Conférence donnée par Emily Martin dans le cadre du colloque "Santé mentale, société, cognition", organisé par Antoinette Prouteau, Florence Weber et Frédéric Worms.
Manic behavior holds an undeniable fascination in American culture today. Anthropologist Emily Martin seeks to understand mania's appeal and how it weighs on the lives of Americans diagnosed with manic depression. She guides us into the fascinating and sometimes disturbing worlds of mental-health support groups, mood charts and the pharmaceutical industry. Charting how these worlds intersect with the wider popular culture, she reveals how people living under the description of bipolar disorder are often denied the status of being fully human, even while contemporary America exhibits a powerful affinity for manic behavior.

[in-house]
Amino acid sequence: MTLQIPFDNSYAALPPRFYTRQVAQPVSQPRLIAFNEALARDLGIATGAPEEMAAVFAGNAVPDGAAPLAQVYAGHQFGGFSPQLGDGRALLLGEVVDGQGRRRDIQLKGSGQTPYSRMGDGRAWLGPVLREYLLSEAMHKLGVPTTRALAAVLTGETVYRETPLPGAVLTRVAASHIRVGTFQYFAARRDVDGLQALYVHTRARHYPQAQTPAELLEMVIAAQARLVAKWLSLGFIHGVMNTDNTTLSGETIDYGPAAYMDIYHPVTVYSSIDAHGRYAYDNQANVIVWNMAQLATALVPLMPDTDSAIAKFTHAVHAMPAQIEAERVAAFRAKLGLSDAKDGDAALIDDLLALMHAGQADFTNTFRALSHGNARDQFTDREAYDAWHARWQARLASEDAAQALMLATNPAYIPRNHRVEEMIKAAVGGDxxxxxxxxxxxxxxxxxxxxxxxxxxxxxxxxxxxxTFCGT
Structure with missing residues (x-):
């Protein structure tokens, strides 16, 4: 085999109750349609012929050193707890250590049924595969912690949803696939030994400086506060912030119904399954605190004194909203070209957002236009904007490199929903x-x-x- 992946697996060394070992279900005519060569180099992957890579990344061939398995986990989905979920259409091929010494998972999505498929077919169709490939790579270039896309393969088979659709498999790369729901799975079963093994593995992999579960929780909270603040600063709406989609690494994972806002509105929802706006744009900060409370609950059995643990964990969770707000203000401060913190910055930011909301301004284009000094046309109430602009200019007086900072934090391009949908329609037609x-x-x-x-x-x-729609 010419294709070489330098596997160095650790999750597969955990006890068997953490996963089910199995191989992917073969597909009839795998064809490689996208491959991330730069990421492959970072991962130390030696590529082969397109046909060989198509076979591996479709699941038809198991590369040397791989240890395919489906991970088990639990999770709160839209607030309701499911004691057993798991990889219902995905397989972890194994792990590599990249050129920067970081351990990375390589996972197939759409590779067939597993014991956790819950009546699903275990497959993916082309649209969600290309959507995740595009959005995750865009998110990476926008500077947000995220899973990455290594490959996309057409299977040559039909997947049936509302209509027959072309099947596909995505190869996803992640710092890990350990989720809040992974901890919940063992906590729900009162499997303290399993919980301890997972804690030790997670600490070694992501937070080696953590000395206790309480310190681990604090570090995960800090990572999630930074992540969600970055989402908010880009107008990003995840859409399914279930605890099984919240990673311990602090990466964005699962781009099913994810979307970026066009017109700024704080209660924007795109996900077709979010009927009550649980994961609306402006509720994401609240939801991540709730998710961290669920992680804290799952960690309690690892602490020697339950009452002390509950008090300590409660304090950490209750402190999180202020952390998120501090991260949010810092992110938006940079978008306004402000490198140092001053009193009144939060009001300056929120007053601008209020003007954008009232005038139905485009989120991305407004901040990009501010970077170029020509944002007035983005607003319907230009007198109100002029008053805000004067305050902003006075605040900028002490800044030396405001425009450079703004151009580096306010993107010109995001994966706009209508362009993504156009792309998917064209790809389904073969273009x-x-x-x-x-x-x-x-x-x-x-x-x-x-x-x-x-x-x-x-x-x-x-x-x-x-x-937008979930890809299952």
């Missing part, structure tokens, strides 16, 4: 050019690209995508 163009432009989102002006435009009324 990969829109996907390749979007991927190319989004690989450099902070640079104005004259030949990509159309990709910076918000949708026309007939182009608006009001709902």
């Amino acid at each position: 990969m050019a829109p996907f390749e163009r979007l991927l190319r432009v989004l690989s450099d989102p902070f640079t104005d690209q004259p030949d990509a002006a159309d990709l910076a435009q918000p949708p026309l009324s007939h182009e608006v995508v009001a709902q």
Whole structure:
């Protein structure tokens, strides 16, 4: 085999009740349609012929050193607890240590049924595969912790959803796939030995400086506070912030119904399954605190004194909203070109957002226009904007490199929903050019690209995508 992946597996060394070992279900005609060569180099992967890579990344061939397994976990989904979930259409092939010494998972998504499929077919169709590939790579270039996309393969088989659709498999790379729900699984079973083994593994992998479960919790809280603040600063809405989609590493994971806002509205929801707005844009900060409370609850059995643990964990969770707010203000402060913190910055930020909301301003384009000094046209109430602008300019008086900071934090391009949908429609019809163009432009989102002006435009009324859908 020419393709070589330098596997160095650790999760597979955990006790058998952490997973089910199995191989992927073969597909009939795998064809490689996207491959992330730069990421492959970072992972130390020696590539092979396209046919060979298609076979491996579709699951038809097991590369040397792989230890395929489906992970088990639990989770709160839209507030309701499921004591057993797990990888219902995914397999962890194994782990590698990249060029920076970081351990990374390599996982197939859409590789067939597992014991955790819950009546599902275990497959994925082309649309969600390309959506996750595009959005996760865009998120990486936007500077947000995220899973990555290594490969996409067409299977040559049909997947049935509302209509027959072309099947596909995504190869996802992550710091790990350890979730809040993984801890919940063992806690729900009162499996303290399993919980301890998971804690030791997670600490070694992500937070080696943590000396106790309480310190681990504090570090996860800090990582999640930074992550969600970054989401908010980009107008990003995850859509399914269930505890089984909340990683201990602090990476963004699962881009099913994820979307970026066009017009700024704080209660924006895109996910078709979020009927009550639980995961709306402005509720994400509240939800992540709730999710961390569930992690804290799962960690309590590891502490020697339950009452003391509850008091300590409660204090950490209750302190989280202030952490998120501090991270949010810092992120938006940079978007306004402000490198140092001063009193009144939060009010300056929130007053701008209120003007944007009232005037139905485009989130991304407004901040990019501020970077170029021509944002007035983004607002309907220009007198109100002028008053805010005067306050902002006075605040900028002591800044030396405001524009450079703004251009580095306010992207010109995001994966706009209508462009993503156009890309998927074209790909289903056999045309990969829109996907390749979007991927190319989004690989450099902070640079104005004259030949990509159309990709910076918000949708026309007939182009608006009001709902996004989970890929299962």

Emily Martin presents three different parts of her research: after questioning the odd association made by the psychiatric definition of bipolar disorder of the terms "mood" and "motivation", she focuses on the mood charts that are ubiquitous in the United States. She particularly examines the historical changes in the mood charting. Finally, she presents the third part of her her work, which is about irrationality (mania) as a resource.
Emily Martin est professeur d’anthropologie à l’Université de New-York, spécialiste de la Chine et d’anthropologie des sciences.Cliquer ICI pour fermer
Dernière mise à jour : 29/01/2014